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Prayer and Dr. Martin Luther King, Jr.
Spiritual Resources for use in celebrating the life of the civil rights leader

From Coretta Scott King:

Prayer was a wellspring of strength and inspiration during the Civil Rights Movement. Throughout the movement, we prayed for greater human understanding. We prayed for

the safety of our compatriots in the freedom struggle. We prayed for victory in our nonviolent protests, for brotherhood and sisterhood among people of all races, for reconciliation and the fulfillment of the Beloved Community.

For my husband, Martin Luther King, Jr. prayer was a daily source of courage and strength that gave him the ability to carry on in even the darkest hours of our struggle.

I remember one very difficult day when he came home bone-weary from the stress that came with his leadership of the Montgomery Bus Boycott. In the middle of that night, he was awakened by a threatening and abusive phone call, one of many we received throughout the movement. On this particular occasion, however, Martin had had enough.

After the call, he got up from bed and made himself some coffee. He began to worry about his family, and all of the burdens that came with our movement weighed heavily on his soul. With his head in his hands, Martin bowed over the kitchen table and prayed aloud to God: "Lord, I am taking a stand for what I believe is right. The people are looking to me for leadership, and if I stand before them without strength and courage, they will falter. I am at the end of my powers. I have nothing left. I have nothing left. I have come to the point where I can't face it alone.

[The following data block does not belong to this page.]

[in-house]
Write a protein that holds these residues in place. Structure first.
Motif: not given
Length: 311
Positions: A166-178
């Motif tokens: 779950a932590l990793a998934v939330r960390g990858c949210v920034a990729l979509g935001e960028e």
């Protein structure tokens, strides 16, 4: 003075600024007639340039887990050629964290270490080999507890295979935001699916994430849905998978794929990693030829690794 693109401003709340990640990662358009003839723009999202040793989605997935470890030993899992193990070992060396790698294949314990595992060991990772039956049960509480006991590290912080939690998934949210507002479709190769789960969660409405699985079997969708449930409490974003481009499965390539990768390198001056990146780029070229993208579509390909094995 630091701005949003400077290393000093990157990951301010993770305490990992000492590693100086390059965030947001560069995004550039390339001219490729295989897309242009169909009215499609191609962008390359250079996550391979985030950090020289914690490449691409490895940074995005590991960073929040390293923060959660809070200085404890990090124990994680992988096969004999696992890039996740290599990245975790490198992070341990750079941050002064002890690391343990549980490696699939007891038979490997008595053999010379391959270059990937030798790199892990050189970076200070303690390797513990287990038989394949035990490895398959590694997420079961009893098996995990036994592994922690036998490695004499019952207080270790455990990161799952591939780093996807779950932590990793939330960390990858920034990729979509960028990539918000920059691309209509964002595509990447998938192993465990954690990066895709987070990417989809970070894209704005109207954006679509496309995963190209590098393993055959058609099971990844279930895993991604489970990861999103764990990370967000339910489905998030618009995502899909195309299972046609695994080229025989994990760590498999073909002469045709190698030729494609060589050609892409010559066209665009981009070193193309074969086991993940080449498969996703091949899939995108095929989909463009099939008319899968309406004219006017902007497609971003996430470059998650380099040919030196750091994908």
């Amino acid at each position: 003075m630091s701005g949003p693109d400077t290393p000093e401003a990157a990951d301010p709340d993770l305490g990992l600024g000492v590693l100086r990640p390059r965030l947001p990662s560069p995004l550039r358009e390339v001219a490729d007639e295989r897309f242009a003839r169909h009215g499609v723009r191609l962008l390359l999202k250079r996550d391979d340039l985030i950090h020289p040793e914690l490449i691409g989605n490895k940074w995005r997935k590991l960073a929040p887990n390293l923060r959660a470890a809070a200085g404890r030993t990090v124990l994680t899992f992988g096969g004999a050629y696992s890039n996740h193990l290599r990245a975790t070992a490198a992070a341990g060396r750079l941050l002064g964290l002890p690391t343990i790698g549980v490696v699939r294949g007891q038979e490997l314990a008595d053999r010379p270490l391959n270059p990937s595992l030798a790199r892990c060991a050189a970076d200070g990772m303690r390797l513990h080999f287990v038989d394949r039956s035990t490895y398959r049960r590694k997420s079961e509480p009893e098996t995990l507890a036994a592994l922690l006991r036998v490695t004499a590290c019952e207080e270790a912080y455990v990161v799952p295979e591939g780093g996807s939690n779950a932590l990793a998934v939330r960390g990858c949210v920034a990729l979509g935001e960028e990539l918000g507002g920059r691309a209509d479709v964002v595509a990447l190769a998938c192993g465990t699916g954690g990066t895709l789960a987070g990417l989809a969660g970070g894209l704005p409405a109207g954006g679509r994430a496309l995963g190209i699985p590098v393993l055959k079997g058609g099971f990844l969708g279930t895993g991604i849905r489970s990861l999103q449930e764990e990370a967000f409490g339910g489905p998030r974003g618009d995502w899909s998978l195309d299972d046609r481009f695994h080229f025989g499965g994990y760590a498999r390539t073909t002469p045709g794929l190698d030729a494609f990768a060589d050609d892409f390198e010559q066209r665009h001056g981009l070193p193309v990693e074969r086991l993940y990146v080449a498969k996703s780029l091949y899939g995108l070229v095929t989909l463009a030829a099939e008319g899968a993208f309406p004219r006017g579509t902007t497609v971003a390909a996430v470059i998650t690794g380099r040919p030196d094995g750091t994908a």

Later he told me, "At that moment, I experienced the presence of the Divine as I had never experienced Him before. It seemed as though I could hear a voice saying: 'Stand up for righteousness; stand up for truth; and God will be at our side forever.'" When Martin stood up from the table, he was imbued with a new sense of confidence, and he was ready to face anything.

--Coretta Scott King from "Standing in the Need of Prayer" as published by The Free Press, a division of Simon & Schuster.



A General Prayer

Almighty God, by the hand of Moses your servant you led your people out of slavery, and made them free at last: Grant that your Church, following the example of your prophet Martin Luther King, may resist oppression in the name of your love, and may secure for all your children the blessed liberty of the Gospel of Jesus Christ; who lives and reigns with you and the Holy Spirit, one God, now and for ever. Amen.

-- source unknown

Prayer of Thanksgiving

Gracious God, you create us and love us; you make us to live together in a community. We thank you for Martin Luther King, Jr. and all your children who have been filled with your vision for our lives and who have worked to make bring your vision into reality. Fill us with your vision. Guide us to live by your vision, working to build the beloved community where everyone is welcomed, all are valued, power is shared, privilege is no more, and all your children know wholeness and well-being. Through Jesus Christ we pray. Amen.

-- source unkown

Prayer for a Martin Luther King Day Celebration